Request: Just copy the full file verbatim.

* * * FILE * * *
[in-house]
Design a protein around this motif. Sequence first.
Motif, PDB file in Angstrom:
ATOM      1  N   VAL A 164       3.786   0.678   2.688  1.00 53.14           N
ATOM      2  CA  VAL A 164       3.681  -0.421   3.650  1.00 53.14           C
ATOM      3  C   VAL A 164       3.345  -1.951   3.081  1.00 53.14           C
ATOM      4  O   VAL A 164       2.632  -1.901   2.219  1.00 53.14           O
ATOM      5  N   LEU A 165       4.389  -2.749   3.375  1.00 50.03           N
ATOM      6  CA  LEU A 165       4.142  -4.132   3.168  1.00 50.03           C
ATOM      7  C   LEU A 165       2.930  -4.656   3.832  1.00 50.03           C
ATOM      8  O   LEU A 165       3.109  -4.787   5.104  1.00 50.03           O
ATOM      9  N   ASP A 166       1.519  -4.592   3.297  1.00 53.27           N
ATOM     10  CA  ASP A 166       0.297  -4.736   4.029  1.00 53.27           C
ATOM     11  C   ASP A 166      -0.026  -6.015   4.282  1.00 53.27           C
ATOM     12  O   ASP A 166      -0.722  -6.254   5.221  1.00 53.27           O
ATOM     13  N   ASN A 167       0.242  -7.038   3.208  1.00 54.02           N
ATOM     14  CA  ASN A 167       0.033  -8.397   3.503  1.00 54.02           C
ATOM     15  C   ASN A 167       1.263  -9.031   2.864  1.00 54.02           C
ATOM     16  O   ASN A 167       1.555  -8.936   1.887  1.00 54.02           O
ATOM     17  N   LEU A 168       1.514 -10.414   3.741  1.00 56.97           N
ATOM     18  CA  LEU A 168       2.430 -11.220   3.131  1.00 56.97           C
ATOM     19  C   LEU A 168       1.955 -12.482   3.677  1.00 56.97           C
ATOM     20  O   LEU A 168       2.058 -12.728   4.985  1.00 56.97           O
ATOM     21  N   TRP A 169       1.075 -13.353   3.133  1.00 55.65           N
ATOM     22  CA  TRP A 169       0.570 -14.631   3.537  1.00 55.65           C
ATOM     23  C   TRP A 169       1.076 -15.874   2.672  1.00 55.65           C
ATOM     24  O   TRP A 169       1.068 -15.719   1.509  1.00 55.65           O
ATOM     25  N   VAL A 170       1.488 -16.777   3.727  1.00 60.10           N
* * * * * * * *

[in-house]
Design a protein around this motif. Sequence first.
Motif, PDB file in Angstrom:
ATOM      1  N   VAL A 164       3.786   0.678   2.688  1.00 53.14           N
ATOM      2  CA  VAL A 164       3.681  -0.421   3.650  1.00 53.14           C
ATOM      3  C   VAL A 164       3.345  -1.951   3.081  1.00 53.14           C
ATOM      4  O   VAL A 164       2.632  -1.901   2.219  1.00 53.14           O
ATOM      5  N   LEU A 165       4.389  -2.749   3.375  1.00 50.03           N
ATOM      6  CA  LEU A 165       4.142  -4.132   3.168  1.00 50.03           C
ATOM      7  C   LEU A 165       2.930  -4.656   3.832  1.00 50.03           C
ATOM      8  O   LEU A 165       3.109  -4.787   5.104  1.00 50.03           O
ATOM      9  N   ASP A 166       1.519  -4.592   3.297  1.00 53.27           N
ATOM     10  CA  ASP A 166       0.297  -4.736   4.029  1.00 53.27           C
ATOM     11  C   ASP A 166      -0.026  -6.015   4.282  1.00 53.27           C
ATOM     12  O   ASP A 166      -0.722  -6.254   5.221  1.00 53.27           O
ATOM     13  N   ASN A 167       0.242  -7.038   3.208  1.00 54.02           N
ATOM     14  CA  ASN A 167       0.033  -8.397   3.503  1.00 54.02           C
ATOM     15  C   ASN A 167       1.263  -9.031   2.864  1.00 54.02           C
ATOM     16  O   ASN A 167       1.555  -8.936   1.887  1.00 54.02           O
ATOM     17  N   LEU A 168       1.514 -10.414   3.741  1.00 56.97           N
ATOM     18  CA  LEU A 168       2.430 -11.220   3.131  1.00 56.97           C
ATOM     19  C   LEU A 168       1.955 -12.482   3.677  1.00 56.97           C
ATOM     20  O   LEU A 168       2.058 -12.728   4.985  1.00 56.97           O
ATOM     21  N   TRP A 169       1.075 -13.353   3.133  1.00 55.65           N
ATOM     22  CA  TRP A 169       0.570 -14.631   3.537  1.00 55.65           C
ATOM     23  C   TRP A 169       1.076 -15.874   2.672  1.00 55.65           C
ATOM     24  O   TRP A 169       1.068 -15.719   1.509  1.00 55.65           O
ATOM     25  N   VAL A 170       1.488 -16.777   3.727  1.00 60.10           N